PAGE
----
Video: Setting Your Clutch Pedal Stop With Tilton Engineering

When installing a new pedal assembly or a clutch with a hydraulic throw out bearing, one of the most important steps that is often overlooked or done incorrectly is setting your clutch pedal stop, especially if your release bearing does not have an internal stop.

If there’s not enough pedal throw, the clutch won’t fully disengage and you’ll be frying the clutch and eating synchros with every shift, too much travel and you run the risk of damaging the throw out bearing or pressure plate and making pedal feel and engagement inconsistent.

The pros at Tilton Engineering used our project FFR Cobra Jet Challenge car to produce a video detailing the steps to properly setting your clutch pedal stop for perfect engagement, maximum clutch life, and a transmission that won’t pulverize its internals to dust.

With the car on flat ground and parked in a safe working area, start by raising at least the drive wheels safely off of the ground (remember to use wheel chocks if only lifting one end of the car). Once the vehicle is secure, make sure that the clutch system is bled to remove any trapped air that would otherwise make clutch engagement inaccurate. Once this simple step is complete, we can actually begin the adjustment process!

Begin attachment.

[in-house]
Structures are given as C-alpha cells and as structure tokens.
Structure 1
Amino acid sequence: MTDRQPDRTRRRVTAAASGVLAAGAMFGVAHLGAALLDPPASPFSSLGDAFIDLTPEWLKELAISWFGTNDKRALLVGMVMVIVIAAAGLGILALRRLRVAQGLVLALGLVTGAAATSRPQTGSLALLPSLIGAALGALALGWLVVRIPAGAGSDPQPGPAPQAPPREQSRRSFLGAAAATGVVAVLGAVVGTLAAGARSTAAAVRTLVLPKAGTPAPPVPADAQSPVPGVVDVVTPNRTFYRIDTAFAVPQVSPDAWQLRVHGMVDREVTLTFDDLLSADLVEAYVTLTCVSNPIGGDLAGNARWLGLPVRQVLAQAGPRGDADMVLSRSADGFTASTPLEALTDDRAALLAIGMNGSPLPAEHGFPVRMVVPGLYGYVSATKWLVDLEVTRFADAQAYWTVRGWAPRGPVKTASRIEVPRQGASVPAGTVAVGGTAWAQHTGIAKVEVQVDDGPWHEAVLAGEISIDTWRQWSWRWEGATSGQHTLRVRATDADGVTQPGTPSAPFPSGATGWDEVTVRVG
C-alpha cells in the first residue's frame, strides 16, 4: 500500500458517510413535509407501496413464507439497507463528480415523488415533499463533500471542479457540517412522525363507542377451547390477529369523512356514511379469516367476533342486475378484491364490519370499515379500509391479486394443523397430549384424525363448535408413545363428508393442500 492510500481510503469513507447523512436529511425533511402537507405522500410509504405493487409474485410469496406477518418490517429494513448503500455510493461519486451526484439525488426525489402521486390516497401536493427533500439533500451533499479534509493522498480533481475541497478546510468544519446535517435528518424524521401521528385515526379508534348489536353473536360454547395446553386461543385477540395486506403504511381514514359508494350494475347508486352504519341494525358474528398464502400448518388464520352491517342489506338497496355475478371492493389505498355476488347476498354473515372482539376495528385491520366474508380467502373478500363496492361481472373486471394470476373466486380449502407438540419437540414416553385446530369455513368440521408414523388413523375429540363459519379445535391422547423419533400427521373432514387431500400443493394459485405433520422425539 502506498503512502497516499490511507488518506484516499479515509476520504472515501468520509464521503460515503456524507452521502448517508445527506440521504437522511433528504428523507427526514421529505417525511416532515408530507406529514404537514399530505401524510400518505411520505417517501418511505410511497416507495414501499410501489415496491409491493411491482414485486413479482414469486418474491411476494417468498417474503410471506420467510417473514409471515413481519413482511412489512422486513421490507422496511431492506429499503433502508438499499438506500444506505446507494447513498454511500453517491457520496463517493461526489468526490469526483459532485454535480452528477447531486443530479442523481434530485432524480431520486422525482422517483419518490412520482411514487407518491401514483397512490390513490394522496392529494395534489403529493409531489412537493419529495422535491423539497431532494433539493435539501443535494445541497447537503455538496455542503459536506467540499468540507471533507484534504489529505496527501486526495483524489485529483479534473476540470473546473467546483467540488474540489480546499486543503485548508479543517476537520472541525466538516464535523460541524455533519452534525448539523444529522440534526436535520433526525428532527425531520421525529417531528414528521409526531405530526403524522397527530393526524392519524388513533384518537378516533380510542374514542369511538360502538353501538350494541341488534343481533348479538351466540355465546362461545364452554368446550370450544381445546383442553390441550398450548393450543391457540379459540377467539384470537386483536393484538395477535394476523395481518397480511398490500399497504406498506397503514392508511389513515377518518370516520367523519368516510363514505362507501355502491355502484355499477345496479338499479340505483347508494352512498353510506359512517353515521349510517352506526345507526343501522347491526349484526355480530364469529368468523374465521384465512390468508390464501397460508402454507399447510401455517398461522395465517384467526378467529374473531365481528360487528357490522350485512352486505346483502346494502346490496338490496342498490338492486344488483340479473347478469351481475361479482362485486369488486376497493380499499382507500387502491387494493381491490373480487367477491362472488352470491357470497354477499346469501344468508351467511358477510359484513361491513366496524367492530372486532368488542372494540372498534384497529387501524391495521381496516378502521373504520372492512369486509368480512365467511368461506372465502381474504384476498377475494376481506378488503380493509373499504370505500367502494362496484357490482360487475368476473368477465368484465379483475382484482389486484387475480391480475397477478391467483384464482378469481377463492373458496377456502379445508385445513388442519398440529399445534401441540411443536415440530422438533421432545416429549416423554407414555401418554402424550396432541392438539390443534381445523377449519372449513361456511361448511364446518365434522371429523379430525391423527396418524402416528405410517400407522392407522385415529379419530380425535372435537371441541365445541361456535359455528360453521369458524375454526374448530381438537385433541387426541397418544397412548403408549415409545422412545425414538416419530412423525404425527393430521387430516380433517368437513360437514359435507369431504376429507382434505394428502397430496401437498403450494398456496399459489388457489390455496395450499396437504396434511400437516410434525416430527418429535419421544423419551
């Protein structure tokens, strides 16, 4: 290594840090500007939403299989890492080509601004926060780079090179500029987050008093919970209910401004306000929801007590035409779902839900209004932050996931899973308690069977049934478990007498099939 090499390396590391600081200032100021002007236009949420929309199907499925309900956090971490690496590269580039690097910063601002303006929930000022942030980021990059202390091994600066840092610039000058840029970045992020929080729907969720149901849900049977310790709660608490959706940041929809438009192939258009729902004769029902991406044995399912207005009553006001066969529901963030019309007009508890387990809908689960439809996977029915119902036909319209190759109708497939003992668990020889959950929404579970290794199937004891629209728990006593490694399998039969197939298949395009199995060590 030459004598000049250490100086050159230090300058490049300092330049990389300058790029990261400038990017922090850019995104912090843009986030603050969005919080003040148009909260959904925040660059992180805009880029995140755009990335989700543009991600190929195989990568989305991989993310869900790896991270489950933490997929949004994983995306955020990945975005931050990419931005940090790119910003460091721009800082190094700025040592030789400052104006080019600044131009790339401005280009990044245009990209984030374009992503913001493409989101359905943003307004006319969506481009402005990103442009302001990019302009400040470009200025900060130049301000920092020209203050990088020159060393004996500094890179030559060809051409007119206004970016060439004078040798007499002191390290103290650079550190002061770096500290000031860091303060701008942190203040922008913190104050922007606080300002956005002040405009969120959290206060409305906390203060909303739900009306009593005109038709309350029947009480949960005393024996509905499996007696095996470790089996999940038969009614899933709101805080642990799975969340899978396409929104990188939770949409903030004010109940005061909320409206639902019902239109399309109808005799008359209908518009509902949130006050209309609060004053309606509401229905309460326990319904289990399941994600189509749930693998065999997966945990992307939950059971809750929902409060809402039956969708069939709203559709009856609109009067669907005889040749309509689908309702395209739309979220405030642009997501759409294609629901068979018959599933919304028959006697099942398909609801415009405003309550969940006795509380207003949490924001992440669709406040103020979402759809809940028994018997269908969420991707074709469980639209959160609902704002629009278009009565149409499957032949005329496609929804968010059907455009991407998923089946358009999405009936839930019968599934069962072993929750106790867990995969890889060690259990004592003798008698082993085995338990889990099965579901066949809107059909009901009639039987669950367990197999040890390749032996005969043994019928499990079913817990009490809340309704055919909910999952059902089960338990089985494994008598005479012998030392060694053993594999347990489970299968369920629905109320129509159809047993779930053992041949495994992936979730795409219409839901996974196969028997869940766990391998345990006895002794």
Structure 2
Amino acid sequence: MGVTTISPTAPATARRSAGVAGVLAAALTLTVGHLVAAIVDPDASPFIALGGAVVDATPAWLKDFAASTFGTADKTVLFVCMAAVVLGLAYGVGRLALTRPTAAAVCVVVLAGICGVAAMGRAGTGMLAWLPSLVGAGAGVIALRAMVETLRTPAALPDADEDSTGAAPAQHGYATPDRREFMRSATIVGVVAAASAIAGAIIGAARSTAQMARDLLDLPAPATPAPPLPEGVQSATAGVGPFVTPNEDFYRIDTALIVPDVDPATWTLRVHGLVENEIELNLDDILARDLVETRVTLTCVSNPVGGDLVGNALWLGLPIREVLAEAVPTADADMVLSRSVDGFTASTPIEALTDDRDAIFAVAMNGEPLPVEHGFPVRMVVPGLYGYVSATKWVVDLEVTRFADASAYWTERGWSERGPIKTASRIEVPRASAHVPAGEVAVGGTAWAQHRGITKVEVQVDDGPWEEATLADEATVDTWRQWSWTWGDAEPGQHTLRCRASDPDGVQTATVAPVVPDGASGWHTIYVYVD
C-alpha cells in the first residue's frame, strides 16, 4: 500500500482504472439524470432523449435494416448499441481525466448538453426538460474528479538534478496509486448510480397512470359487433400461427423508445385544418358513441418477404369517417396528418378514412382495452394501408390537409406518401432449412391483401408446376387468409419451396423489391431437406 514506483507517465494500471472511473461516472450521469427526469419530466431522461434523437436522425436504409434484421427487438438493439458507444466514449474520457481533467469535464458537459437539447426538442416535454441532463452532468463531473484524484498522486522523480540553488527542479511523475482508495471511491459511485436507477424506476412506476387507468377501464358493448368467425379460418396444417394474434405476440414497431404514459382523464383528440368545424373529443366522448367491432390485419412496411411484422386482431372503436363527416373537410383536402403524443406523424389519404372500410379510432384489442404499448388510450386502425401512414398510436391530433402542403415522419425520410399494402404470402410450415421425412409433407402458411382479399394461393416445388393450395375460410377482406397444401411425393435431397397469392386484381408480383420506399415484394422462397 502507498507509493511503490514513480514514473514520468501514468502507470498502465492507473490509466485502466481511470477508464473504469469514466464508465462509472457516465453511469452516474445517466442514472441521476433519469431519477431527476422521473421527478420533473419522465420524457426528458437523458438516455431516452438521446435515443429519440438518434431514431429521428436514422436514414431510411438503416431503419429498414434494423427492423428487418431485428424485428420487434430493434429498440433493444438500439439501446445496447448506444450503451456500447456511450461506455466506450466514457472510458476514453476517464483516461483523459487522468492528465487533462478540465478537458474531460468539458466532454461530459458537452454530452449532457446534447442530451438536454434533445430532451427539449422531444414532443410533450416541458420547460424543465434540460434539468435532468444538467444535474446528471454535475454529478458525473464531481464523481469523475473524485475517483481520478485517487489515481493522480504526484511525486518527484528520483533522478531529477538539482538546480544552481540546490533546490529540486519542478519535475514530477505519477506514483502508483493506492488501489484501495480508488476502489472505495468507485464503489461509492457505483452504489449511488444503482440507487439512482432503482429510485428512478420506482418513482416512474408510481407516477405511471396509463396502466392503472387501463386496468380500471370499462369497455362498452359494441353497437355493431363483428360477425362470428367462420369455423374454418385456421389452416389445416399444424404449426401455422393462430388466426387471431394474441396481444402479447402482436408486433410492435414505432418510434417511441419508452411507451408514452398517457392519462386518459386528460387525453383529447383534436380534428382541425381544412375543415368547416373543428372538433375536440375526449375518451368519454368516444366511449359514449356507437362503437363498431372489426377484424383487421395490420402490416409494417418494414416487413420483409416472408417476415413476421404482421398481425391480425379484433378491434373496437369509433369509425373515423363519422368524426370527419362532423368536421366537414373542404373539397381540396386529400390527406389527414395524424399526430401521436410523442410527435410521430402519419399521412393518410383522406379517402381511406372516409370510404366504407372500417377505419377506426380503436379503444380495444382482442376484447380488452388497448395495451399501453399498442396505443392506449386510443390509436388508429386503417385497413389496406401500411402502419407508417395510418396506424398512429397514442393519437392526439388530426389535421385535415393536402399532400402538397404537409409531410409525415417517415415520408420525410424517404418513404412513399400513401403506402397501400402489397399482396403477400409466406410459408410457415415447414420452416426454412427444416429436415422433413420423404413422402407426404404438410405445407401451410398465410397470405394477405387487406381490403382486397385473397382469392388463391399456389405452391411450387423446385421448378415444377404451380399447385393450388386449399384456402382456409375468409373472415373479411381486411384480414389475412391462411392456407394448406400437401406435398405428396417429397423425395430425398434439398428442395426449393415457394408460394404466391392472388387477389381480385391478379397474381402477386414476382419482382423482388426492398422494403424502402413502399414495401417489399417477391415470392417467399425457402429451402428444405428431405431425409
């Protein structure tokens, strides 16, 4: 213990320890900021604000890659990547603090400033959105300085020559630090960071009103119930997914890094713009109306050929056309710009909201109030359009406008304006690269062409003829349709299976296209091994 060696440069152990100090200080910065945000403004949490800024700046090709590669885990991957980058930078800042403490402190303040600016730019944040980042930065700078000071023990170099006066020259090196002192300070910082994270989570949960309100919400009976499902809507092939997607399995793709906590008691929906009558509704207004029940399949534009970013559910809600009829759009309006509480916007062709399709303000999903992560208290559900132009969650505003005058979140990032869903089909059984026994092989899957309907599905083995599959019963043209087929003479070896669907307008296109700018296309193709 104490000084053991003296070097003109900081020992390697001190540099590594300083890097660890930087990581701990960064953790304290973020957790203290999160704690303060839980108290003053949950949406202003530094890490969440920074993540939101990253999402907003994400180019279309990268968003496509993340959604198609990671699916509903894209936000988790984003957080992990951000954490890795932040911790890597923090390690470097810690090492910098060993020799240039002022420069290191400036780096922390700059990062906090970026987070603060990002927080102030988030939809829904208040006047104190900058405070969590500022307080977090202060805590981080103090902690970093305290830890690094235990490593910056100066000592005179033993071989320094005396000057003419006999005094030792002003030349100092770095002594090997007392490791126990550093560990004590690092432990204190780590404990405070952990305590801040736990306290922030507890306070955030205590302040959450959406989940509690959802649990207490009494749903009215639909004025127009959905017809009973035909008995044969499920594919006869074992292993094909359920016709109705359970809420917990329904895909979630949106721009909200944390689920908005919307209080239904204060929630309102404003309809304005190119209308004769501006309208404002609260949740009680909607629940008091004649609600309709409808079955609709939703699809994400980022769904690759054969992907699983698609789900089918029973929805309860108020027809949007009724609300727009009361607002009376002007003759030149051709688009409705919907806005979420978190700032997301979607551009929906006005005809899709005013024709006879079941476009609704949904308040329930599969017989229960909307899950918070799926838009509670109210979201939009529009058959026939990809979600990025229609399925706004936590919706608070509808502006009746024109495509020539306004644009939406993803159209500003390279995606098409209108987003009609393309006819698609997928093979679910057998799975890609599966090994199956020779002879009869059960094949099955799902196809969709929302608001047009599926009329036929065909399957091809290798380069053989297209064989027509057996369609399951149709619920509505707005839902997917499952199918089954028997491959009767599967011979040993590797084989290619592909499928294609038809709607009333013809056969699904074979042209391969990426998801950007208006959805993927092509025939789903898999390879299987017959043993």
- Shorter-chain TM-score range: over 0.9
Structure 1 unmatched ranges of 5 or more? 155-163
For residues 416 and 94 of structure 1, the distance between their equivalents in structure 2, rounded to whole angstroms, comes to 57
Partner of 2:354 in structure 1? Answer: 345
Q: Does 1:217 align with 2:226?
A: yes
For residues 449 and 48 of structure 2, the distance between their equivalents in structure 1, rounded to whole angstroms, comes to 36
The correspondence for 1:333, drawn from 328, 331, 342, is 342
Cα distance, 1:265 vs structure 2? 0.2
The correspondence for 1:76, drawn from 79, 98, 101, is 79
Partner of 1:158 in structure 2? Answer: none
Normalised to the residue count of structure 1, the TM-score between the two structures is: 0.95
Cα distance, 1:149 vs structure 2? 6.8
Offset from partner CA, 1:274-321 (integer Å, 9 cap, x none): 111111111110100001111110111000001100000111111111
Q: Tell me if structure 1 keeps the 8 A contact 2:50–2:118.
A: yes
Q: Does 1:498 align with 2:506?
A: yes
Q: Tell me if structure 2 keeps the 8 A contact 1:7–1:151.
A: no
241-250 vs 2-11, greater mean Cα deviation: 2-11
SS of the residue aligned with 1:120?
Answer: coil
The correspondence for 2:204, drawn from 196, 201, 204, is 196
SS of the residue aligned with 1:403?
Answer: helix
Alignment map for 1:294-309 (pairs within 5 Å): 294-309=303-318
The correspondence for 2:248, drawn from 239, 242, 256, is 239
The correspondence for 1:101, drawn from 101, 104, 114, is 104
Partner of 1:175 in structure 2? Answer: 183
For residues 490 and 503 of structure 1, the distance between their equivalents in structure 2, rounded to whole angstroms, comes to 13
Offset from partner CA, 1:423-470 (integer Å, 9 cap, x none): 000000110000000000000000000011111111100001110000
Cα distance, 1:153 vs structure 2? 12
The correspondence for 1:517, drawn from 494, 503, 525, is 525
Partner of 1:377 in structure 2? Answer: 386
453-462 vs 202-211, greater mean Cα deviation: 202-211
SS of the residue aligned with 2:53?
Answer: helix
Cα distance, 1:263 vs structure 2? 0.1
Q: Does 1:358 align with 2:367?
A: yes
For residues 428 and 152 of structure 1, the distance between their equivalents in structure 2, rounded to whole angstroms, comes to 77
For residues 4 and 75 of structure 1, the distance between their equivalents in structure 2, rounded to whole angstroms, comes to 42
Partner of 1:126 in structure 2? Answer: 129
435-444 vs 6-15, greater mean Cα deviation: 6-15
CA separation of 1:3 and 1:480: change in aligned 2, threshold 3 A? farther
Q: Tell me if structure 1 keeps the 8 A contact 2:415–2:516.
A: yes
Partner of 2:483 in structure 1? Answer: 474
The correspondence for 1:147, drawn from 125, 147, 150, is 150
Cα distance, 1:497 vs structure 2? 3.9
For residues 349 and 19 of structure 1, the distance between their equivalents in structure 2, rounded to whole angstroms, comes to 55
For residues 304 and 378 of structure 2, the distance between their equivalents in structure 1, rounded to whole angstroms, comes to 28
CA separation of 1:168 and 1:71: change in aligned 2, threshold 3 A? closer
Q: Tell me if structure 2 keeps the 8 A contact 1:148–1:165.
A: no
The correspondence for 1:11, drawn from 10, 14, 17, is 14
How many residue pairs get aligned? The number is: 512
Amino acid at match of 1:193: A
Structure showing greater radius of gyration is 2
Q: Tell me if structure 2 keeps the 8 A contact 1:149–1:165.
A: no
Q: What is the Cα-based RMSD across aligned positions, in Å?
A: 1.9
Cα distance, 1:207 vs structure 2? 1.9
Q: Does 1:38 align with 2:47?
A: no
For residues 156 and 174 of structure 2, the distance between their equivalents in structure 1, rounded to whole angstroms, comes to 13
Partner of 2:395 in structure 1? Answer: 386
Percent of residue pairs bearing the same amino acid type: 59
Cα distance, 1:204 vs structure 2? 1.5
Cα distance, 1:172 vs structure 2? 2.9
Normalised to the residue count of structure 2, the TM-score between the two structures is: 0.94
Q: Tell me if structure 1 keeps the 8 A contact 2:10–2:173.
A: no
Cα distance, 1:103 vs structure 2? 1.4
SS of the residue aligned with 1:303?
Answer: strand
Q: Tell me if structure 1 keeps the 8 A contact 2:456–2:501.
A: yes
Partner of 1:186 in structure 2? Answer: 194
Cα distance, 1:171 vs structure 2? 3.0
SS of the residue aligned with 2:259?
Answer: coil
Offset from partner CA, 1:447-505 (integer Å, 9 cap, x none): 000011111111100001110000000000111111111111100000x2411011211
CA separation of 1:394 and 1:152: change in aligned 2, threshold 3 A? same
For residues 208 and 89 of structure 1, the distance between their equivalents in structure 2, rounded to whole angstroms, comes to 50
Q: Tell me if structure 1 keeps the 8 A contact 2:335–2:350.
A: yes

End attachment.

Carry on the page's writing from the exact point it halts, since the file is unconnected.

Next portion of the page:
Without depressing the clutch pedal, shift the transmission into first gear and then have a friend attempt to rotate one of the drive wheels, at this point the wheel should not move. Using steady force, have your friend continue trying to rotate the wheel while you slowly press in the clutch pedal.

Once you find the earliest point of disengagement and the wheel can be moved freely, note the clutch pedal position at the end of the pedal, set the pedal stop, and then add an additional 1/4″ of travel at the end of the pedal by adjusting the stop to properly set the maximum throw limit.

Once you have the pedal stop set properly, be sure to remember to tighten the locking nut or other style locking device to prevent the stop from moving on its own and ruining all of your hard work.

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About the author

Kyle Kitchen

Born and raised in Southern California, Kyle has been a gearhead ever since seeing his first Mitsubishi Evo VIII in 2003. He is almost entirely self taught mechanically, and as an inexperienced enthusiast always worked on his own vehicles, regardless of the difficulty, just to learn how to do it himself. Prior to becoming a freelance writer for the company, Kyle started his automotive performance career with Power Automedia as a shop technician, where he gleaned intimate knowledge of LS platforms and drag racing builds; then later joining the editorial team as the Staff Writer for EngineLabs And Turnology. Today, Kyle is an experienced EFI calibrator; hot rod builder; and motorsports technician living in the San Jose area. Kyle is a track junkie with lots of seat time. You can usually find him racing his Mitsubishi Evo X in local time attack and road race events.
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